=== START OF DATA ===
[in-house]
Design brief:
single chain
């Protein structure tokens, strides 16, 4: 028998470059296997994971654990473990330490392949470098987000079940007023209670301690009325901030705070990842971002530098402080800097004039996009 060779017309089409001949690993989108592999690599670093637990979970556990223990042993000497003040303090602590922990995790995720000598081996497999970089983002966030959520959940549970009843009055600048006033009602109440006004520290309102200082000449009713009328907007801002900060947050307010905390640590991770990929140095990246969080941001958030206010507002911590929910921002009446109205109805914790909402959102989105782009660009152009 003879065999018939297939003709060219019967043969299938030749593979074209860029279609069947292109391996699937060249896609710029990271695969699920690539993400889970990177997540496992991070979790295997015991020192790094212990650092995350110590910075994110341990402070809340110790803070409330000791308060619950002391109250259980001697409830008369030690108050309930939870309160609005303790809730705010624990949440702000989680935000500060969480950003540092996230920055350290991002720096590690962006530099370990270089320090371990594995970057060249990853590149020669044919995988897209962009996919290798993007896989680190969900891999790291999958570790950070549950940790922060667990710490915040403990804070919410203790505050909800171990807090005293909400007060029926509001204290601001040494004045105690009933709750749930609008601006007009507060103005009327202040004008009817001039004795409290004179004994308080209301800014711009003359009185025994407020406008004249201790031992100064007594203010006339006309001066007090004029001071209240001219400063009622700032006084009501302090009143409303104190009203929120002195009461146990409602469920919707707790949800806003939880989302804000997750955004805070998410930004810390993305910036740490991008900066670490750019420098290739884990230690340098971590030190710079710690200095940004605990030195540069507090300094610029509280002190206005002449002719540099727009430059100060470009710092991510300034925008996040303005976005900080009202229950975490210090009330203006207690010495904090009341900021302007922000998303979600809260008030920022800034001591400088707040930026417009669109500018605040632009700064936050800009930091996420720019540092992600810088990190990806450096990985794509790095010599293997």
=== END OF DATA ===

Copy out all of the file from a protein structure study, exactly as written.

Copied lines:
[in-house]
Design brief:
single chain
């Protein structure tokens, strides 16, 4: 028998470059296997994971654990473990330490392949470098987000079940007023209670301690009325901030705070990842971002530098402080800097004039996009 060779017309089409001949690993989108592999690599670093637990979970556990223990042993000497003040303090602590922990995790995720000598081996497999970089983002966030959520959940549970009843009055600048006033009602109440006004520290309102200082000449009713009328907007801002900060947050307010905390640590991770990929140095990246969080941001958030206010507002911590929910921002009446109205109805914790909402959102989105782009660009152009 003879065999018939297939003709060219019967043969299938030749593979074209860029279609069947292109391996699937060249896609710029990271695969699920690539993400889970990177997540496992991070979790295997015991020192790094212990650092995350110590910075994110341990402070809340110790803070409330000791308060619950002391109250259980001697409830008369030690108050309930939870309160609005303790809730705010624990949440702000989680935000500060969480950003540092996230920055350290991002720096590690962006530099370990270089320090371990594995970057060249990853590149020669044919995988897209962009996919290798993007896989680190969900891999790291999958570790950070549950940790922060667990710490915040403990804070919410203790505050909800171990807090005293909400007060029926509001204290601001040494004045105690009933709750749930609008601006007009507060103005009327202040004008009817001039004795409290004179004994308080209301800014711009003359009185025994407020406008004249201790031992100064007594203010006339006309001066007090004029001071209240001219400063009622700032006084009501302090009143409303104190009203929120002195009461146990409602469920919707707790949800806003939880989302804000997750955004805070998410930004810390993305910036740490991008900066670490750019420098290739884990230690340098971590030190710079710690200095940004605990030195540069507090300094610029509280002190206005002449002719540099727009430059100060470009710092991510300034925008996040303005976005900080009202229950975490210090009330203006207690010495904090009341900021302007922000998303979600809260008030920022800034001591400088707040930026417009669109500018605040632009700064936050800009930091996420720019540092992600810088990190990806450096990985794509790095010599293997």